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that constant thread that ultimately leads to justice being done, i think it was symbolic of how our government should work. >> pretty incredible to be in that room. the president stood above the chair he sat in that night. what does it conjure up to see it again? and when you think of that long day and long night. >> the day was such constant emotion. it was waiting, when we first got there, for the s.e.a.l.s to leave afghanistan and fly into pakistan. then there's that incredible tension as we saw that first helicopter go down. and then there is the relief and satisfaction when we get the geronimo call, and we know we've gotten bin ladin. i think there is an incredible amount of reflection on the victims, the families, and add the president noted, on the thousands of people in the bush administration and the obama
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administration that had focused on this for so long. and the satisfaction of that moment on behalf of those families, on behalf of all those people in the military and the intelligence community was wonderful. >> very happy to have you affiliated with our team these days, michael leiter. thank you very much for being with us. >> thank you. >> our entire hour long special edition of "rock center inside the situation room" a deconstruction of the entire mission with the president and his security team airs tomorrow at 9:00, 8:00 central. tonight 7:30 eastern, live coverage of the of president's address from bagram air field in afghanistan. in this country, the fbi arrested five self-described anarchists in cleveland, ohio today. the men are between 20 and 37 years of age and are accused of plotting to build up a bridge over a cleveland park. the plot was uncovered by an fbi sting operation which provided the men with what they thought was bomb making materials. the fbi says, as is the case with so many of these, there was never any real danger associated
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with the plan 37 on this mayday across the world, around the country, there were marches and protests focused on the rights of workers. occupy wall street reemerged on the scene in new york after being dormant for much of the winter season. one of their targets banks. they staged protests targeting the big names including bank of america, chase, citibank. in oakland, california, where the occupy protests, you may recall, clashed violently with police just last fall, there were some skirmishes today. several people ended up getting arrested. a media empire may be hanging in the balance tonight after blistering criticism of the man in charge, rupert murdoch. he is the power as you know behind some of the biggest names behind british and american media, including all of the fox brands. and tonight he's being called unfit for the job. jim maceda has our report from london. >> reporter: today british lawmakers dropped a bomb in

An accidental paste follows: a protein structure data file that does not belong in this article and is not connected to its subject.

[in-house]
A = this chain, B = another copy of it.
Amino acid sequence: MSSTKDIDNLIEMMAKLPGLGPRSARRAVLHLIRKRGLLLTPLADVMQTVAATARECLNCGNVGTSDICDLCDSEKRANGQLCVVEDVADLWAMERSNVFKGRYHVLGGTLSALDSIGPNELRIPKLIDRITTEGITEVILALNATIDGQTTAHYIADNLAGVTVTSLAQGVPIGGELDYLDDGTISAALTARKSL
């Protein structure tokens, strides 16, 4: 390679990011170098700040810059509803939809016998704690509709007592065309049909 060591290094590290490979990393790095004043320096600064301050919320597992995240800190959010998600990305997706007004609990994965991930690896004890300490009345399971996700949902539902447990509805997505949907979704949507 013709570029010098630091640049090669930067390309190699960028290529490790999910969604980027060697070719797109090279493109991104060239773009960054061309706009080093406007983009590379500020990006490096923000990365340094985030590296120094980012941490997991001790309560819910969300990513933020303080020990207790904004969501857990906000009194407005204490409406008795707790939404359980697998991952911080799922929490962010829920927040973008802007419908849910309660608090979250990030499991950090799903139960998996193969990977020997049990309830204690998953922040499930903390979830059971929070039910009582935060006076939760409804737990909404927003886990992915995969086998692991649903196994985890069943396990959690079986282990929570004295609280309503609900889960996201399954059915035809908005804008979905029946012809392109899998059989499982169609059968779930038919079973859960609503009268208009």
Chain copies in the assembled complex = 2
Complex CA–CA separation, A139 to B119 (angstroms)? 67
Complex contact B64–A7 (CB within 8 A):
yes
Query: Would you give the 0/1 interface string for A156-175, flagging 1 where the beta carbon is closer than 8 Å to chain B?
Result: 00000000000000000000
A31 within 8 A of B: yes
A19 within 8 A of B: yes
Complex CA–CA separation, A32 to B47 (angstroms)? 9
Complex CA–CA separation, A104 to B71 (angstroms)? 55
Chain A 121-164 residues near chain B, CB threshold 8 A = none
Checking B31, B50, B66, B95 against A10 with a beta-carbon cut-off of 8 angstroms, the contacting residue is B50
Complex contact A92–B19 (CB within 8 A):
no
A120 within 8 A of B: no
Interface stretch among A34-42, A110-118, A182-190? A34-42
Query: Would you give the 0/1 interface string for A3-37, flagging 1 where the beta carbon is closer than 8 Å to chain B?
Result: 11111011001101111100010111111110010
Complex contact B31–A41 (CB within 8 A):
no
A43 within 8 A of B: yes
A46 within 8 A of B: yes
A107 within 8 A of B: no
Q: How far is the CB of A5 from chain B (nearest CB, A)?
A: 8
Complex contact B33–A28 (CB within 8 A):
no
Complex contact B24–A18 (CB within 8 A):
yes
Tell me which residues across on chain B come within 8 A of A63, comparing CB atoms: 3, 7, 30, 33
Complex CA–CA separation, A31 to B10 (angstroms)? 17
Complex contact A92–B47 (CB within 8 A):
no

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rupert murdoch's lap. the report was scathing. murdoch, his son james and three key executives all in the crosshairs. >> we find the directors responsible for willful blindness. we find executives guilty of misleading parliament, rupert murdoch himself not fit to run the company. >> reporter: if british regulators now agree with that report, newscorp could be forced to sell down its controlling stake in a lucrative british satellite channel or even see its broadcast license revoked. today's move, a body blow to the once bulletproof media mogul. and an empire with global reach. hundreds of properties, including 20th century fox, the wall street journal and fox news. tens of billions of dollars in annual revenue. >> arrest rupert murdoch! >> reporter: now increasingly under siege, especially at its u.s. corporate headquarters. >> newscorp was already facing issues due to bribes.
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today's report has no direct impact on those probes, does provide powerful ammunition for shareholders suing the company and for investors demanding change in their investment. some of them say now for the first time, murdoch's control could be in jeopardy. >> could it be a blot on my reputation for the rest of my life? >> murdoch has spent hundreds of millions of dollars in fees from in britain from a phone hacking scandal with no end in sight. murdoch issued a contrite statement. the british report has been called partisan and lacking credibility. it said it's put sweeping changes into place to make its shareholders proud. it may be too late for that. jim maceda, nbc news, london. on wall street today, the dow rose to its highest closing number in more than four years. blue chips were up more than 65 points to 13279, the best close since december of '07. nasdaq, s&p 500 also up on the